Religious buildings are spaces designed to create separation from the busy outside world, and help visitors find inner peace. Gothic cathedrals buffer chaos from the outside world with stone walls that block the noise and stained glass that filter light, transforming the interior into an other-worldly space. Meanwhile, Buddhist temples are specifically sited to ensure their separation of the spiritual spaces and the surrounding urban plazas and streets.
Yet, what happens when the site itself is a calm place that promotes spiritual connection, and how can architects and design elevate that peacefulness without disrupting the natural serenity? The following collection consists of religious buildings that are situated in scenic landscapes — places where the process of travelling to the site is already a form of religious refreshment. Some are hidden in woods, and others on unsheltered plains, but they all utilize the environmental advantage to create real sanctuaries that calm the soul.
This sculptural structure, made of white concrete, is a private chapel for family activities. With its back façade fully glazed, the chapel provides a borderless view of the Magdalensberg hill in the distance, as well as the tranquil landscape between the site and the mountains.
The space inherits the feeling of openness from the landscape while remaining sheltered and intimate. White concrete and lighting stand out on the remote site, yet its neat form and clean finishing make it a decorative piece of the landscape, ensuring that the natural beauty remains undisturbed.
Jetavana Buddhist Temple is a place for believers to practice asceticism through which they identify their inner suffering and eliminate it. The temple is finished with brick and concrete structures. While it features a modern looking form, the overall layout of the site still aligns with that of traditional temples. The interior contains an office, accommodations for monks, and short-stay accommodation for believers coming for asceticism and the Buddhist sanctuary. These functions are consciously placed in relation to one another according to their religious significance.
Nascimento Chapel is a private chapel located in the mountains of Rio de Janeiro. The unique topography of the site facilitates the creation of an artificial pond that reflects the chapel. Instead of solid walls, twenty-five steel frames of varying sizes warp around the glazed chapel space. These steel frames not only function as brise-soleil but also provide a sense of intimacy and privacy while letting the space remains connected to the scenic landscape around it. When viewing from the front, the steel frames form an illusionary perspective that guides you in.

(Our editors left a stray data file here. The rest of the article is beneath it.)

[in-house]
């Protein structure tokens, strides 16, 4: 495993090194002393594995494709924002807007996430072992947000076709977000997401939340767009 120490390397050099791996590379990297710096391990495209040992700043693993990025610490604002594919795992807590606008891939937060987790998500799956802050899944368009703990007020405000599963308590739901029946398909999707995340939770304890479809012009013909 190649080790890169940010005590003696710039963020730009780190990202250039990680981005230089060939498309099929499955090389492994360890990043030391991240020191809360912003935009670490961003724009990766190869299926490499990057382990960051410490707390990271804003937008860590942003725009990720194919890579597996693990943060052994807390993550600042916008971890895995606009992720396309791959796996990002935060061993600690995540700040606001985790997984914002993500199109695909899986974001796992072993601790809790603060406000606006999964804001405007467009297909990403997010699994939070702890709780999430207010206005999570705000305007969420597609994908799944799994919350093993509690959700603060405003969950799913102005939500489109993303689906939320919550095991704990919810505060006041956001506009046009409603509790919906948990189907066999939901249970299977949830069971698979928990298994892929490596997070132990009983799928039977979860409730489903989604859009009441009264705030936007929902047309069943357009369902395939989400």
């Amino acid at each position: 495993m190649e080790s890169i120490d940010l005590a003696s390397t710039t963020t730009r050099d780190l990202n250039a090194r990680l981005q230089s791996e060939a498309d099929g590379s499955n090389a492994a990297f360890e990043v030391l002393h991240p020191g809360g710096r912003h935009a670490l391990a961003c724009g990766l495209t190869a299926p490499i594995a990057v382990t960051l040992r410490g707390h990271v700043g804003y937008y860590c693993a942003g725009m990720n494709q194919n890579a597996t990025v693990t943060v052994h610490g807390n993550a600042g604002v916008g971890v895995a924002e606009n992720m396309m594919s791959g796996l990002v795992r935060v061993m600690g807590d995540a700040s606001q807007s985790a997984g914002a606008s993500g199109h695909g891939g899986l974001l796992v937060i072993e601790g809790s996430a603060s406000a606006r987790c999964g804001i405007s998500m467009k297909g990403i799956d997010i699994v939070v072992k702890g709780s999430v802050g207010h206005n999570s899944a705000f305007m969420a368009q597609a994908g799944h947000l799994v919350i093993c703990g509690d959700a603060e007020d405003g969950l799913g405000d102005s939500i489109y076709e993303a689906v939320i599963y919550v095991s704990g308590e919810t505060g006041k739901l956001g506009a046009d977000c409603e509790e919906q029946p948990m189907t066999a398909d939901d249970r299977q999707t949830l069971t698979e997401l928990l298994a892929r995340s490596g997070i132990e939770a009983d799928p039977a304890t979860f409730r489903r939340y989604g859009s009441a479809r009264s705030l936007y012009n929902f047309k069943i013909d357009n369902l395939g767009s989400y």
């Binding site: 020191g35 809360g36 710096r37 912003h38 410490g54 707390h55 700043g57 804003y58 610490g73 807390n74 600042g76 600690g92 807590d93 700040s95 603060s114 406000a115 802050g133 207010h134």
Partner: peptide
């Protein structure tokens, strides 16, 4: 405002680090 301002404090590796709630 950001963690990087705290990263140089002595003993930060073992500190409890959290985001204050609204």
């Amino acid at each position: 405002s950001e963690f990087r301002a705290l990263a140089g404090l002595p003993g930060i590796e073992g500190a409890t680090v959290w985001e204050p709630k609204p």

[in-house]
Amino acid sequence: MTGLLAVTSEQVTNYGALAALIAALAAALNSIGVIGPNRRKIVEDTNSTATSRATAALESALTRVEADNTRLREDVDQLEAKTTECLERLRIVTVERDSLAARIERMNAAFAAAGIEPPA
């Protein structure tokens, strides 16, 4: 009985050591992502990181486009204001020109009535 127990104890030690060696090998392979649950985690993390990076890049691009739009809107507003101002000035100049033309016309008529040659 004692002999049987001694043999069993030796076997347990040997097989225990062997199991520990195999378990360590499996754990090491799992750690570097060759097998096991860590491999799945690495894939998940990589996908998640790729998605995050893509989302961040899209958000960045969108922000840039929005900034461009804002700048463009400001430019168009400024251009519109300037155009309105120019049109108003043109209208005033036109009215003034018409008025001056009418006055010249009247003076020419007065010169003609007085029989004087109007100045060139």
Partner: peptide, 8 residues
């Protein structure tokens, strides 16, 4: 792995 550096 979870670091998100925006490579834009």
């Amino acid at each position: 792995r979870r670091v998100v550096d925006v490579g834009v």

Kapelle Salgenreute is a rebuild of an old chapel on the site, which was completed by over a hundred volunteers. The new chapel’s simplistic shape restores that of the original chapel. The façades are carefully assembled using small pieces of wood, creating a satisfying pattern while responding to the natural surroundings. Inside the chapel, the homogeneous timber finishing calms minds down with its timelessness. Yet the space is not isolated from the real world. At the end of the white apse is the only window of the chapel, which frames the woods outsides. The window becomes a temporal painting that changes with time and weather.
Located on the Pampa plains, the Saint Bernard’s Chapel stands against a grove, with its backyard extending into the grove. The structure reuses the bricks from its precedent, a 100-year-old rural house that used to stand on the site. The semi-circle opening acts as an entrance for sunlight to enter the grove.
Two separate poles are installed on the opening, instead of a complete cross. The pole’s shadows overlap to form a cross when the sun moves to the front of the opening. The process of the cast cross splitting apart and reforming becomes a daily event, producing subtle ephemerality within this solid structure.
This chapel belongs to Sayama Lakeside Cemetery and is open to all religions. Standing at the back of the cemetery, the chapel almost hides into the forest. The timber structure is covered in hand-crafted aluminium tiles. Walls incline inwards to avoid conflicting with tree branches while meeting at the top to become roof structures at the same time. Each pair of walls inclining towards each other are symbolizing the hand gesture of praying, creating a building that prays to nature, where all lives return to at the end.
Joá Chapel sits on a triangular beam system that extends beyond the hillside path, stretching towards the waterscape. The chapel space is sheltered by glass panels and rectangular timber frames. At the end of the triangular floor plan is the cross that takes the sea as a backdrop. The triangular floor plan and the inclining ceiling strategically lead the vista towards the cross. The space is visually prolonged with timber frames emphasizing the perspective.
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